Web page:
The Vatican has not declared whether it is genuine or a forgery, leaving it to believers to decide. The late John Paul II said it was “an icon of the suffering of the innocent in every age.” Self-proclaimed heirs of the Knights Templar have asked the Vatican to “restore the reputation” of the disgraced order and acknowledge that assets worth some £80 million were confiscated.

Click here for the complete London Times article and a 2-minute video about the shroud.

At top is a photographic images from the shroud. Painting is a depiction of a Knights Templar member, and the society's insignia is at left.

Wednesday, April 8, 2009

Mystery Surrounds Early Arkansas Mounds

One of the mounds in Arkansas built by unknown Native Americans.

A group of earthen mounds previously believed to have been built by members of the Toltec culture of Mexico are now attributed to unknown Native Americans. The mounts are located about 35 miles from Stuttgart, Arkansas, and comprise one of the largest archaeological sites in the Mississippi River Valley.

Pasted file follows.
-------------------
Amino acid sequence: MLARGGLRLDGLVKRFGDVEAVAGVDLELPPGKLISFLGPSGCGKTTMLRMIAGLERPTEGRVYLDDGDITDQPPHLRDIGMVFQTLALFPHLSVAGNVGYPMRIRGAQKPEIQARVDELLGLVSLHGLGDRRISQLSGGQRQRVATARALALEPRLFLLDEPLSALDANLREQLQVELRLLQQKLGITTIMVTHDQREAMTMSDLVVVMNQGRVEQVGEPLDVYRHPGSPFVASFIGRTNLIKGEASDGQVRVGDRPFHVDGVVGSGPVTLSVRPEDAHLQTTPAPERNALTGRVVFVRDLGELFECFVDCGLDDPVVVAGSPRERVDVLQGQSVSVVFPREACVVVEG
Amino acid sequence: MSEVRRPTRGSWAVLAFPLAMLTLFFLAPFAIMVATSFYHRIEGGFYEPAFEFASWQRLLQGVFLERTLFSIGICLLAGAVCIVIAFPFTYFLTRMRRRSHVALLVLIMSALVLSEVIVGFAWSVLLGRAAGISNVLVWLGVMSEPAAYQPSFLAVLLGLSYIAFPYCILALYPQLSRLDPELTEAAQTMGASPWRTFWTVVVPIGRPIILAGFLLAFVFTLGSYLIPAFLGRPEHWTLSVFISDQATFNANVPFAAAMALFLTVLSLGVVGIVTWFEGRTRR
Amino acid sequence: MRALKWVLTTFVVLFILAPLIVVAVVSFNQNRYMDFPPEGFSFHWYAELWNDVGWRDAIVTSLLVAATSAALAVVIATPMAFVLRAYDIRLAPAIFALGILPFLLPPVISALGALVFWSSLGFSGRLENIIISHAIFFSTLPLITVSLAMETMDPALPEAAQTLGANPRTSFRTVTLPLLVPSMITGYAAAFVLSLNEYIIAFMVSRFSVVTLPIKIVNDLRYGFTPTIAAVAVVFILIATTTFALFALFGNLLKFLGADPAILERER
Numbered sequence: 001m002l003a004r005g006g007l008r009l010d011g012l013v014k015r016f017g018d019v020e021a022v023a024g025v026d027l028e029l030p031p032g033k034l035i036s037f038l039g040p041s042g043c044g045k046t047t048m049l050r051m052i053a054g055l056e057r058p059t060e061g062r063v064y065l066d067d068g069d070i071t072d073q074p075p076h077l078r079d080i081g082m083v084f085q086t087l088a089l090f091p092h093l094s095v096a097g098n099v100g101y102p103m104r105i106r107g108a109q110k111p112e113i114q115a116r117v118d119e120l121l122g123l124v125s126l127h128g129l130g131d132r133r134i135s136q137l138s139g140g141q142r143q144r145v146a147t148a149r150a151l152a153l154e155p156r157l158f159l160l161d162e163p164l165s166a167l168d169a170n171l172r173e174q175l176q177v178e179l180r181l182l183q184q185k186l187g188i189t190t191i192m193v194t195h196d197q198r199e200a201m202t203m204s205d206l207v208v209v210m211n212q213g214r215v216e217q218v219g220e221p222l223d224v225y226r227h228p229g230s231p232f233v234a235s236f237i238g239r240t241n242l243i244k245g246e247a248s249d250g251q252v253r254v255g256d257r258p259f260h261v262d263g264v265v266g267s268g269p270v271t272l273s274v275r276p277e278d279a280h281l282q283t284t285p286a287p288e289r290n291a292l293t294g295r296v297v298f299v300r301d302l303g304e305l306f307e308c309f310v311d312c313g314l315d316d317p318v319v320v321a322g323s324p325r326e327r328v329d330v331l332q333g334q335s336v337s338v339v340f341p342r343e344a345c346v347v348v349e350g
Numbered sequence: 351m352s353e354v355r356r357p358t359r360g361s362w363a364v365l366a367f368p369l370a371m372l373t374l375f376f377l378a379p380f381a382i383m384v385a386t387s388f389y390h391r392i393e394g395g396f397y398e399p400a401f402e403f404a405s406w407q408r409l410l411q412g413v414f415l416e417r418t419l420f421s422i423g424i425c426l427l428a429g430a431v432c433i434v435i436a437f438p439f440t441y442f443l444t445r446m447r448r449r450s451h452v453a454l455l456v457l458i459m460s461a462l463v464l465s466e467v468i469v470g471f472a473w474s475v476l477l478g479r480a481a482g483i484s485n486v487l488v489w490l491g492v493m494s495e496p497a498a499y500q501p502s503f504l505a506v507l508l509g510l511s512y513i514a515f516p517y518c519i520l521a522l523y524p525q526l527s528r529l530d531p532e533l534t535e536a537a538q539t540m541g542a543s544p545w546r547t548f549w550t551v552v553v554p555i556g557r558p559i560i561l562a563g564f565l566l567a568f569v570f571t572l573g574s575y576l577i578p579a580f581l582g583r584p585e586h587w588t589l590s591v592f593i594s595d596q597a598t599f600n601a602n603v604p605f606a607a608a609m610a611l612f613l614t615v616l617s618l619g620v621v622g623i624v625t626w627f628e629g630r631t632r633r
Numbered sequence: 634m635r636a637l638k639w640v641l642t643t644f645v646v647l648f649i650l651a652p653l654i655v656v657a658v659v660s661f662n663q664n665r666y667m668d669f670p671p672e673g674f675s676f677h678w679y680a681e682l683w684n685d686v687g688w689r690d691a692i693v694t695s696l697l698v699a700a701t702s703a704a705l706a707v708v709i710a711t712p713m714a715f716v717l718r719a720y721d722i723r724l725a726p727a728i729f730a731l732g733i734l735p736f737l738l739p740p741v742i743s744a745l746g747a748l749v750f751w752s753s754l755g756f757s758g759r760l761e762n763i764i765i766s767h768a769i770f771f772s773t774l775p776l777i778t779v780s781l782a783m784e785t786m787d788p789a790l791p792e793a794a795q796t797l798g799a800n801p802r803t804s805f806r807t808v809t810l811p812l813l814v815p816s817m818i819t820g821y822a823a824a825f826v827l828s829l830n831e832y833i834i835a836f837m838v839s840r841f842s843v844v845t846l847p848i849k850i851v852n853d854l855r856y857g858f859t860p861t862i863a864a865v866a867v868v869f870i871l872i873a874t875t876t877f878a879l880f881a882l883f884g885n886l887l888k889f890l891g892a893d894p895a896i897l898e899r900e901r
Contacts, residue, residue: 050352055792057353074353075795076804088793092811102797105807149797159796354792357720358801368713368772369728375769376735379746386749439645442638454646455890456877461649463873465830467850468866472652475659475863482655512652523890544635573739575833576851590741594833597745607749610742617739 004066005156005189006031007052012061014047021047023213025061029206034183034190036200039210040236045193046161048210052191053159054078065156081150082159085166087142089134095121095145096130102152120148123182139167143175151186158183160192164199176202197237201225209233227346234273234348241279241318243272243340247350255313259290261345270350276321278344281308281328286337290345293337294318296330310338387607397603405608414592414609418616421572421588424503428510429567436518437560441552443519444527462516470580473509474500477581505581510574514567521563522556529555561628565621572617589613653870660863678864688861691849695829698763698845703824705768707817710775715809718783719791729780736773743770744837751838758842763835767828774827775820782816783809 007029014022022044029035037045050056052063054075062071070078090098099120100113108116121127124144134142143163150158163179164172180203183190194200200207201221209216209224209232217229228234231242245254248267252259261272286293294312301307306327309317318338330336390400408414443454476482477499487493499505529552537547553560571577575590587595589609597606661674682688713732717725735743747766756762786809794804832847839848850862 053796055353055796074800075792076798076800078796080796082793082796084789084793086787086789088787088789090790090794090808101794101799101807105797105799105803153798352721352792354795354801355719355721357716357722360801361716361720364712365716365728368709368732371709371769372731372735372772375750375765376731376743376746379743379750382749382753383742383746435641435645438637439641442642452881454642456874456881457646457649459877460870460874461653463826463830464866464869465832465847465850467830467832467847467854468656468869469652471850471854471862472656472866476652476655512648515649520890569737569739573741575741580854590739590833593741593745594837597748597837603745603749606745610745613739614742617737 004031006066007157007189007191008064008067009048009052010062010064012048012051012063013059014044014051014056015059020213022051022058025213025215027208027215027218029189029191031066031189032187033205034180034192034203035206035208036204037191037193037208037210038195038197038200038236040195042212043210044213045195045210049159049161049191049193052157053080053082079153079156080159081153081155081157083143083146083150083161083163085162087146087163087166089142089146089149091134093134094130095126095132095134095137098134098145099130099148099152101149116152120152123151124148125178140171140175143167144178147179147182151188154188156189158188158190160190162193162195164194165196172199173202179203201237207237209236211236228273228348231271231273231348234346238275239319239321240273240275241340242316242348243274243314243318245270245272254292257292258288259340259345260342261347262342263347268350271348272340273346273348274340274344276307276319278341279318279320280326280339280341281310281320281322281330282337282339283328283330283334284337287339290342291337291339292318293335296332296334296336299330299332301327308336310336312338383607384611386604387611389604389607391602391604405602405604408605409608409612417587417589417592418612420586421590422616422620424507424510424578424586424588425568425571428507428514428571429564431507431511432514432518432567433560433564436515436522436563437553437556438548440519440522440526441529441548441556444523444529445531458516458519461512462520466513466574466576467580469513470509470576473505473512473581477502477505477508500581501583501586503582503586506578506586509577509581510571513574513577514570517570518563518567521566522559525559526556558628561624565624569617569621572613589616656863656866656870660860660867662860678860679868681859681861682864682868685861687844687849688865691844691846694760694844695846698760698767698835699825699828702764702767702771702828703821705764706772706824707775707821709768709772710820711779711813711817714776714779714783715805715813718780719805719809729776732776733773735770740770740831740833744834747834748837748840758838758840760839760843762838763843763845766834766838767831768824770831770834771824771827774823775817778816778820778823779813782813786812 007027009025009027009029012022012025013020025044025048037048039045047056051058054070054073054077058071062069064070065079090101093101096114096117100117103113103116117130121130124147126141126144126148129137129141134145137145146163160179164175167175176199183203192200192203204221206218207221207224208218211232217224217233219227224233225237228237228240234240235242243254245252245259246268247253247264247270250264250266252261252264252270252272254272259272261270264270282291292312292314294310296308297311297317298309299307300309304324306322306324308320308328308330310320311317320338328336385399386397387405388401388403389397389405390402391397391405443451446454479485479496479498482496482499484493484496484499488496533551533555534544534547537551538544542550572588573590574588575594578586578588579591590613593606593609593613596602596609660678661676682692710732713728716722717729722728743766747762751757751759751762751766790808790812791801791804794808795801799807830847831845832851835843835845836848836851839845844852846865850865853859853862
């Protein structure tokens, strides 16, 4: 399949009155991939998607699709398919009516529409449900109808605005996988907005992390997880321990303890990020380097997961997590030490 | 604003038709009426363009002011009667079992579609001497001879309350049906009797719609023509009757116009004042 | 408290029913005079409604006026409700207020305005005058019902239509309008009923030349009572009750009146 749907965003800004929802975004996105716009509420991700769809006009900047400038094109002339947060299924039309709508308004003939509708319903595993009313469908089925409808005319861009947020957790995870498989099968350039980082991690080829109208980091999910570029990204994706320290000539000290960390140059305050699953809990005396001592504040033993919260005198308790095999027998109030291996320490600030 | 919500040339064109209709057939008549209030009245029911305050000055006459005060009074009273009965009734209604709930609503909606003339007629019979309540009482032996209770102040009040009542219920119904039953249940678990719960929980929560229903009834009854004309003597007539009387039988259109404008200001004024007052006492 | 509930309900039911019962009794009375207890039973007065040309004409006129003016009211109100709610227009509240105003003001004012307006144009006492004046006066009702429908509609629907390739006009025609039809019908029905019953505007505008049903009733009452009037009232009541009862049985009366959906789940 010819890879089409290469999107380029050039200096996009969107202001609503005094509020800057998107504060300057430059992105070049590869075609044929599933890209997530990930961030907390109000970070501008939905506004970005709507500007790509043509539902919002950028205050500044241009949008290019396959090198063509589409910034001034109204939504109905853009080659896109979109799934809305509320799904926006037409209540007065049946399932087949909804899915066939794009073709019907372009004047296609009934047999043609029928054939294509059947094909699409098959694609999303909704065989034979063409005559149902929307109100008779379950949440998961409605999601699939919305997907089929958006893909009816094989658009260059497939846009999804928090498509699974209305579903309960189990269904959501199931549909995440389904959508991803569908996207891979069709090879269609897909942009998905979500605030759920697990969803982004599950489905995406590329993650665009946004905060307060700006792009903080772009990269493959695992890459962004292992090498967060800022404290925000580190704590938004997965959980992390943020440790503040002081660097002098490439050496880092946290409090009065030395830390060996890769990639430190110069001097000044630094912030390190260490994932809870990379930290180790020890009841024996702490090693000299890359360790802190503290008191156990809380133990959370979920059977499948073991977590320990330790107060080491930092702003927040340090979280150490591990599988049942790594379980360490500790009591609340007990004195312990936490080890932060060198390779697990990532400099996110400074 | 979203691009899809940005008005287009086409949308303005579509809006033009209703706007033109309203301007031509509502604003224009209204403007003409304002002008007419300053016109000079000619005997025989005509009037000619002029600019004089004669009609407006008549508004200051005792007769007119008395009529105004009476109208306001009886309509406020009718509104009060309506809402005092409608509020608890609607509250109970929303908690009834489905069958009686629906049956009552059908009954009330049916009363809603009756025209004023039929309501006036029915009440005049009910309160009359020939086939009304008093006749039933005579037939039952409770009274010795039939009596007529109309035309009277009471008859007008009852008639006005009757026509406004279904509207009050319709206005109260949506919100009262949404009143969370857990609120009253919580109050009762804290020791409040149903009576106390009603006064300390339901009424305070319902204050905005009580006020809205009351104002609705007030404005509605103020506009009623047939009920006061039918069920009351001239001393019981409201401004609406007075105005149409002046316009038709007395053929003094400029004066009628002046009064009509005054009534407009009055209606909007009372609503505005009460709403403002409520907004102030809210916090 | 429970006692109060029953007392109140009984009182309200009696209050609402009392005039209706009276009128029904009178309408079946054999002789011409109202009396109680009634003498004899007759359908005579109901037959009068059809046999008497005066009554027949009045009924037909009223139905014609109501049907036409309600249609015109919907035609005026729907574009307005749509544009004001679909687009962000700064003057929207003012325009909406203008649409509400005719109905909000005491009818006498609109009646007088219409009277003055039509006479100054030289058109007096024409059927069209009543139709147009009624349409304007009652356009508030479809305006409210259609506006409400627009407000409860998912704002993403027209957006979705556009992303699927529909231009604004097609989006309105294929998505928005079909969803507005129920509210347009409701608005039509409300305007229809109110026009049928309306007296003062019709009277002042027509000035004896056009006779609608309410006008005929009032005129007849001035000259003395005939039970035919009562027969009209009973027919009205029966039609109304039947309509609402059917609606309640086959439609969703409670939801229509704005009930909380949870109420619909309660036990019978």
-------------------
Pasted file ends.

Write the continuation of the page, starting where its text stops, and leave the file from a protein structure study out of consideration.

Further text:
"People started living at this place we call Toltec Mounds some time before 700 A.D.," Robin Gabe, park interpreter at Toltec Mounds Archeological Park, says. "Distinctive aspects of the culture of the people who lived here are the arrangement and construction of the mounds, the style of decoration on the pottery and the kinds of stone tolls."

Builders' Identity a Mystery

Gabe said in the 1800’s historians and anthropologists thought the mounds had been built by the Toltec Indian tribes of Mexico, who were mound builders, but that was later proved to not be the case.